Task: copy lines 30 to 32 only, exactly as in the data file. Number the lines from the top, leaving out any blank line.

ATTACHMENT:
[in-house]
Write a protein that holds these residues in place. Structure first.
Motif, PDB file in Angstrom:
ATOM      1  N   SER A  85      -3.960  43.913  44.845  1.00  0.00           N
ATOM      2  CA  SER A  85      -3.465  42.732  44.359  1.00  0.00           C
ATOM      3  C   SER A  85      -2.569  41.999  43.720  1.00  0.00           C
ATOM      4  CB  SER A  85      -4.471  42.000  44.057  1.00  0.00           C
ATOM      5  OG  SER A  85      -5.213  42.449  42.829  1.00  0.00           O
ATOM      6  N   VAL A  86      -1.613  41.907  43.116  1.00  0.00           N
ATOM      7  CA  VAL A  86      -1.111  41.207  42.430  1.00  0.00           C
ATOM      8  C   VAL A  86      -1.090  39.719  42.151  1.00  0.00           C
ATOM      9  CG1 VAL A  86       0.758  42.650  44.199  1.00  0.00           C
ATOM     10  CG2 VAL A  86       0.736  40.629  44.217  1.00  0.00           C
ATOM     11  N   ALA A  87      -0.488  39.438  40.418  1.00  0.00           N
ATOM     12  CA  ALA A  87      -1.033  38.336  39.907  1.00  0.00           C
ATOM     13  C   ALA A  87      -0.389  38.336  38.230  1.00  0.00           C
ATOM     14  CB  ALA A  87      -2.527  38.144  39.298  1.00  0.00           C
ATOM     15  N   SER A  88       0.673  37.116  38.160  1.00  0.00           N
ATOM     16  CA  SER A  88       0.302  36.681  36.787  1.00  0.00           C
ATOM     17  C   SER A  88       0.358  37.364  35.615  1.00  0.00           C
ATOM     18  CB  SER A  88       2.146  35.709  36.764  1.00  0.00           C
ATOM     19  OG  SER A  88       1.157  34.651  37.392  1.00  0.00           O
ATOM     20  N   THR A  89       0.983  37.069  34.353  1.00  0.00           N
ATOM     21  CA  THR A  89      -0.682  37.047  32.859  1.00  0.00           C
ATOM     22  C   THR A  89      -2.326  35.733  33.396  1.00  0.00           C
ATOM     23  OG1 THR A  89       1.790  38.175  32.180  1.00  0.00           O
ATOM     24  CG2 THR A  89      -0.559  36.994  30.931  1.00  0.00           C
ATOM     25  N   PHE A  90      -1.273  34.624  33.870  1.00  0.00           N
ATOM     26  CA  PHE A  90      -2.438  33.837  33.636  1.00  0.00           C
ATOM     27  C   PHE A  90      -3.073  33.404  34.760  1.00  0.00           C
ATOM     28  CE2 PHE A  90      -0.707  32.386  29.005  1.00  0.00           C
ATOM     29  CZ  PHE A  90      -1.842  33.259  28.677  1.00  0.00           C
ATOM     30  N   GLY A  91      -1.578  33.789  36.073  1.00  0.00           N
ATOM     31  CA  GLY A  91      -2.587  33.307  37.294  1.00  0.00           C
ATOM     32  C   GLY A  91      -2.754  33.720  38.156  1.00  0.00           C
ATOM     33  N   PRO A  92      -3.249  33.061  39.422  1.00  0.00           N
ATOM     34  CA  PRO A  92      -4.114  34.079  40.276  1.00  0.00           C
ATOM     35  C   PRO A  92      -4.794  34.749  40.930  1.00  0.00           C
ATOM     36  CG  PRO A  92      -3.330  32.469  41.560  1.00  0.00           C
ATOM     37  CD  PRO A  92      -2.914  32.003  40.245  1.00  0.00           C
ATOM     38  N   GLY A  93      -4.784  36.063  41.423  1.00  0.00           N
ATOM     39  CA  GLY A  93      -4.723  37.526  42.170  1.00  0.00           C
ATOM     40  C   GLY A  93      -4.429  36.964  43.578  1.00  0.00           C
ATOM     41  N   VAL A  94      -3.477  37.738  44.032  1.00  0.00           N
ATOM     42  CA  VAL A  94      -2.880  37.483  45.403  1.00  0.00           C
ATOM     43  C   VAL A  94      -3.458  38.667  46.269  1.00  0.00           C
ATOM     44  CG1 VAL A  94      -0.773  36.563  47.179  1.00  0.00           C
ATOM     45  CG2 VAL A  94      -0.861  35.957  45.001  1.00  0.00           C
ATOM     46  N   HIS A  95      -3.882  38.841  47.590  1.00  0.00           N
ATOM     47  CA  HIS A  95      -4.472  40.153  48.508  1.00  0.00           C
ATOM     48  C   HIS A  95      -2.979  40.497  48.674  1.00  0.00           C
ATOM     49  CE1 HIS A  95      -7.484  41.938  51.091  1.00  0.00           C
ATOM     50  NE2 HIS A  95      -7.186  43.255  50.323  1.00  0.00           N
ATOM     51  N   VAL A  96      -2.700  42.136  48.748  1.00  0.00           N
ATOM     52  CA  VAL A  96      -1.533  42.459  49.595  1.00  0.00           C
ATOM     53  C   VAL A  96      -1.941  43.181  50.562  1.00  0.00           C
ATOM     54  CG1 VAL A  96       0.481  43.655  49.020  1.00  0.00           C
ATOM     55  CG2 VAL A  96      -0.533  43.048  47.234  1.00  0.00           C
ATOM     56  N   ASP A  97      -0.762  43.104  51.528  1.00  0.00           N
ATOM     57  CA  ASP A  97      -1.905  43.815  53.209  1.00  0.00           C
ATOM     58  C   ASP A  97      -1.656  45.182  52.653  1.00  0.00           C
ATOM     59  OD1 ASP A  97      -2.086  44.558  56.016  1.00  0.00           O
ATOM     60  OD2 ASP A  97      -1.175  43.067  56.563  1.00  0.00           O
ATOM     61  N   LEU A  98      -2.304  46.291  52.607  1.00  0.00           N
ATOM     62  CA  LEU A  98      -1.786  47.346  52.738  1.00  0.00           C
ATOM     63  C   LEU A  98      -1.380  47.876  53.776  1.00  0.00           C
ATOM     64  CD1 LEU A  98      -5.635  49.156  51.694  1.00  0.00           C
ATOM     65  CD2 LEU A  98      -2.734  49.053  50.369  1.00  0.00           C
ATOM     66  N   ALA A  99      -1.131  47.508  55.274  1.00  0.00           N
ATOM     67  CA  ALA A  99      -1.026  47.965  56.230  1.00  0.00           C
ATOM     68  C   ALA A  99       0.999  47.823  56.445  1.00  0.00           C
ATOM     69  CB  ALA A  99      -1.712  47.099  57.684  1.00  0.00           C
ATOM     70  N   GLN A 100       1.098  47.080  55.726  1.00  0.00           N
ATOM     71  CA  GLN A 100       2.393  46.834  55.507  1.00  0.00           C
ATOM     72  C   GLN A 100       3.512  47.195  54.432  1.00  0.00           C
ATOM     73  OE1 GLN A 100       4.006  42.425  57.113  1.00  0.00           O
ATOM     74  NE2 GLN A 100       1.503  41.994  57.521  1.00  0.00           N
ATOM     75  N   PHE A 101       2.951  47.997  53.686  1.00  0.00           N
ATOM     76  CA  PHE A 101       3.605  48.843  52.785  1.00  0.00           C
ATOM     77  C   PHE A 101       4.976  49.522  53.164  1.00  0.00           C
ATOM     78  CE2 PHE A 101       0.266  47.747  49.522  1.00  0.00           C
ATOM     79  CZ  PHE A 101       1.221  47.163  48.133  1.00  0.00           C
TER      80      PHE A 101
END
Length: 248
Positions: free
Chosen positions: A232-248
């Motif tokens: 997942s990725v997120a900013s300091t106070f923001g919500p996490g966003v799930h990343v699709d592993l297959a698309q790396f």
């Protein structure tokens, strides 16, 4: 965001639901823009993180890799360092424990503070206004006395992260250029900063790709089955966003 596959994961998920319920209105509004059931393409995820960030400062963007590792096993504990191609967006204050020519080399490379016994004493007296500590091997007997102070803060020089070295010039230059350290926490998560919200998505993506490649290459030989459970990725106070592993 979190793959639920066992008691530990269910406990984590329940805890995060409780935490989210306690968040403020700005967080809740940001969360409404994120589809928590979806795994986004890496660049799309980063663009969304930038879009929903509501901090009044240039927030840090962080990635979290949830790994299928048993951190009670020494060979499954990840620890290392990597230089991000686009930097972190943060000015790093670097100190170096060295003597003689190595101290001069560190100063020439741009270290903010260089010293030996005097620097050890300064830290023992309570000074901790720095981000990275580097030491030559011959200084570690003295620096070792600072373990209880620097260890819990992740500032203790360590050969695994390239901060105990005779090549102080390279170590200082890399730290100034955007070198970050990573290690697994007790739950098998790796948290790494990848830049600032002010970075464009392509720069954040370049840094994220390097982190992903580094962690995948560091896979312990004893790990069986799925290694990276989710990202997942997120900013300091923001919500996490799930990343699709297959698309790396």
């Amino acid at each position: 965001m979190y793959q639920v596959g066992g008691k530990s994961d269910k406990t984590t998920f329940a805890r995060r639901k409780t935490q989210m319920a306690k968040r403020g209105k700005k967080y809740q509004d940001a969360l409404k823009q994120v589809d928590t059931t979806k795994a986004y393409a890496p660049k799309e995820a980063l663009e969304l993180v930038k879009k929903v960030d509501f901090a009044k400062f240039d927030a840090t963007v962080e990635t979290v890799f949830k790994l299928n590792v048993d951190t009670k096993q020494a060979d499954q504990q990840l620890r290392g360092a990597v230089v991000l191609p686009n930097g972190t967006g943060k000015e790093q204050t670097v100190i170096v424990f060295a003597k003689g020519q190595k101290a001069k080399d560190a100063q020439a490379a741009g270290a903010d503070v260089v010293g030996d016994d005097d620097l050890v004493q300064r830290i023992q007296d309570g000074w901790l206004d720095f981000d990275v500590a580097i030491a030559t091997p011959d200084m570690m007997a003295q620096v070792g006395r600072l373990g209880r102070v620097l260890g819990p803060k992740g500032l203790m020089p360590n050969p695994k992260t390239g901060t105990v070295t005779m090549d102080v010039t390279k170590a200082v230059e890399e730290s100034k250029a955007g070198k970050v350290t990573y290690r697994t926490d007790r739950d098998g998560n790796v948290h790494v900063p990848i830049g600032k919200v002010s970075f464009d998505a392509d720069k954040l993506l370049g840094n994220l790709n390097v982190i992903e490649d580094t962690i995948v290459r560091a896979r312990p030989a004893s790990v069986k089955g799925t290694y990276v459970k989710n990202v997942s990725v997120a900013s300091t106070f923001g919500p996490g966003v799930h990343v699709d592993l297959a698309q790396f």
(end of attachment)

ATOM     27  C   PHE A  90      -3.073  33.404  34.760  1.00  0.00           C
ATOM     28  CE2 PHE A  90      -0.707  32.386  29.005  1.00  0.00           C
ATOM     29  CZ  PHE A  90      -1.842  33.259  28.677  1.00  0.00           C